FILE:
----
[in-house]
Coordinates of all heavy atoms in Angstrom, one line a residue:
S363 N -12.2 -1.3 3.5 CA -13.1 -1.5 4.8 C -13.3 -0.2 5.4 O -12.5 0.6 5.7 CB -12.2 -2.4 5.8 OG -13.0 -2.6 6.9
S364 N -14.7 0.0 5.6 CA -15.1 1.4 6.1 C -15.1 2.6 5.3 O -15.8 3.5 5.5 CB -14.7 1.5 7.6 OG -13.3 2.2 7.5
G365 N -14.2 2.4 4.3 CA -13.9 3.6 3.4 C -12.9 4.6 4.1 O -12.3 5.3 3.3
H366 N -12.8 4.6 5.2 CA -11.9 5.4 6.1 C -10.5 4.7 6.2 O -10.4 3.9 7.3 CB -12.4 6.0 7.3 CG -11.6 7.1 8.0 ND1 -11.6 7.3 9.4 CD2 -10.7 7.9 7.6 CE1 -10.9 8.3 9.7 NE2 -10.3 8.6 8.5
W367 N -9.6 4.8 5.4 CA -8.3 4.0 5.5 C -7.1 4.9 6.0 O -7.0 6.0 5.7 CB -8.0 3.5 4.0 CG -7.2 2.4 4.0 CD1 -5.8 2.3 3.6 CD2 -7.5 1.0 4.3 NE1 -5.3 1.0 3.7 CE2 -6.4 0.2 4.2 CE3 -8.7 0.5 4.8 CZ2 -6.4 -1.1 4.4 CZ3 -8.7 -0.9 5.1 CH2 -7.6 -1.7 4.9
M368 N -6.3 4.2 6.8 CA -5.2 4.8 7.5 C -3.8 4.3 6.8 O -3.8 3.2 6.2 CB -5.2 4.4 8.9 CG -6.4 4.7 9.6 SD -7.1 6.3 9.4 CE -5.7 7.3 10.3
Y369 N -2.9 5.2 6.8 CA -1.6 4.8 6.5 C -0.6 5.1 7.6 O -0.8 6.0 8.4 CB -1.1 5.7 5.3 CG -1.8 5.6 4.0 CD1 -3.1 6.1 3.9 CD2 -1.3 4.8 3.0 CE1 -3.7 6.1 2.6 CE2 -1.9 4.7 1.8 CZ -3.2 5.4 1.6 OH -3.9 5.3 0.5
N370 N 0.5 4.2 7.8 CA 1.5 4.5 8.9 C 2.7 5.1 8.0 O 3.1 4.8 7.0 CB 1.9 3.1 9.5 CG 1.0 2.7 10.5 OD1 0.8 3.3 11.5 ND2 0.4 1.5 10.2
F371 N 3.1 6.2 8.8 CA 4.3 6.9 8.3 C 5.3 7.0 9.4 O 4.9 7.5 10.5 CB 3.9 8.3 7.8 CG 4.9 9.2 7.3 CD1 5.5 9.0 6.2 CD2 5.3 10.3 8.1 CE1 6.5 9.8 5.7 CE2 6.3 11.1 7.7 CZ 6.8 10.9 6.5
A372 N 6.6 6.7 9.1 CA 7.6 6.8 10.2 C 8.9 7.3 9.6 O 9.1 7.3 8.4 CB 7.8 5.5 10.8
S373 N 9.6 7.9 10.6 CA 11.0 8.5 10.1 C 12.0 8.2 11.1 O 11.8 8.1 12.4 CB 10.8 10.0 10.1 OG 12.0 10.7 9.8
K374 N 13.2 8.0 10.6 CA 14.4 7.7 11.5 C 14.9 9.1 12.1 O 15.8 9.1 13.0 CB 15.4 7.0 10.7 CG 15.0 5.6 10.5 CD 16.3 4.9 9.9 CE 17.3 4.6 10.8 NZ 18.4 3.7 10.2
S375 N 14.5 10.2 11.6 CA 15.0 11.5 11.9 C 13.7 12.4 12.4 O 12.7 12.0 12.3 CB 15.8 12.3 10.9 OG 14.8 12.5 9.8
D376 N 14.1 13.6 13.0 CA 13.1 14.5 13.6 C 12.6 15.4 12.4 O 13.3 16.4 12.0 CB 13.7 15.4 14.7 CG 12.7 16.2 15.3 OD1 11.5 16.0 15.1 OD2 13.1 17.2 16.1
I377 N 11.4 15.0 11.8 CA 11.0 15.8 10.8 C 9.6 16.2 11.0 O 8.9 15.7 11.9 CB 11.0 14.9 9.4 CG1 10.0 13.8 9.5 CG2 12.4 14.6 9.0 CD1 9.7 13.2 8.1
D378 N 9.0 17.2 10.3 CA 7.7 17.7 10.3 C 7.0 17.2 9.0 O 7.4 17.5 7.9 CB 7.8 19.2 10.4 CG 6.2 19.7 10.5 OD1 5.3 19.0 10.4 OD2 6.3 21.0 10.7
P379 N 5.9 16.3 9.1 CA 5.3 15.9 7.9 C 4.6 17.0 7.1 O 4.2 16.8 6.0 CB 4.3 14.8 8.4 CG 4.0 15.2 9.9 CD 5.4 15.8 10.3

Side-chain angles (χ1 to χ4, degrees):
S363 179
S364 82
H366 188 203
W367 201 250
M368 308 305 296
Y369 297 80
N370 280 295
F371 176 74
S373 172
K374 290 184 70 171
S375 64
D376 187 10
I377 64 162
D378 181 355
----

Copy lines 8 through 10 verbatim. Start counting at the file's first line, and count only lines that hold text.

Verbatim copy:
M368 N -6.3 4.2 6.8 CA -5.2 4.8 7.5 C -3.8 4.3 6.8 O -3.8 3.2 6.2 CB -5.2 4.4 8.9 CG -6.4 4.7 9.6 SD -7.1 6.3 9.4 CE -5.7 7.3 10.3
Y369 N -2.9 5.2 6.8 CA -1.6 4.8 6.5 C -0.6 5.1 7.6 O -0.8 6.0 8.4 CB -1.1 5.7 5.3 CG -1.8 5.6 4.0 CD1 -3.1 6.1 3.9 CD2 -1.3 4.8 3.0 CE1 -3.7 6.1 2.6 CE2 -1.9 4.7 1.8 CZ -3.2 5.4 1.6 OH -3.9 5.3 0.5
N370 N 0.5 4.2 7.8 CA 1.5 4.5 8.9 C 2.7 5.1 8.0 O 3.1 4.8 7.0 CB 1.9 3.1 9.5 CG 1.0 2.7 10.5 OD1 0.8 3.3 11.5 ND2 0.4 1.5 10.2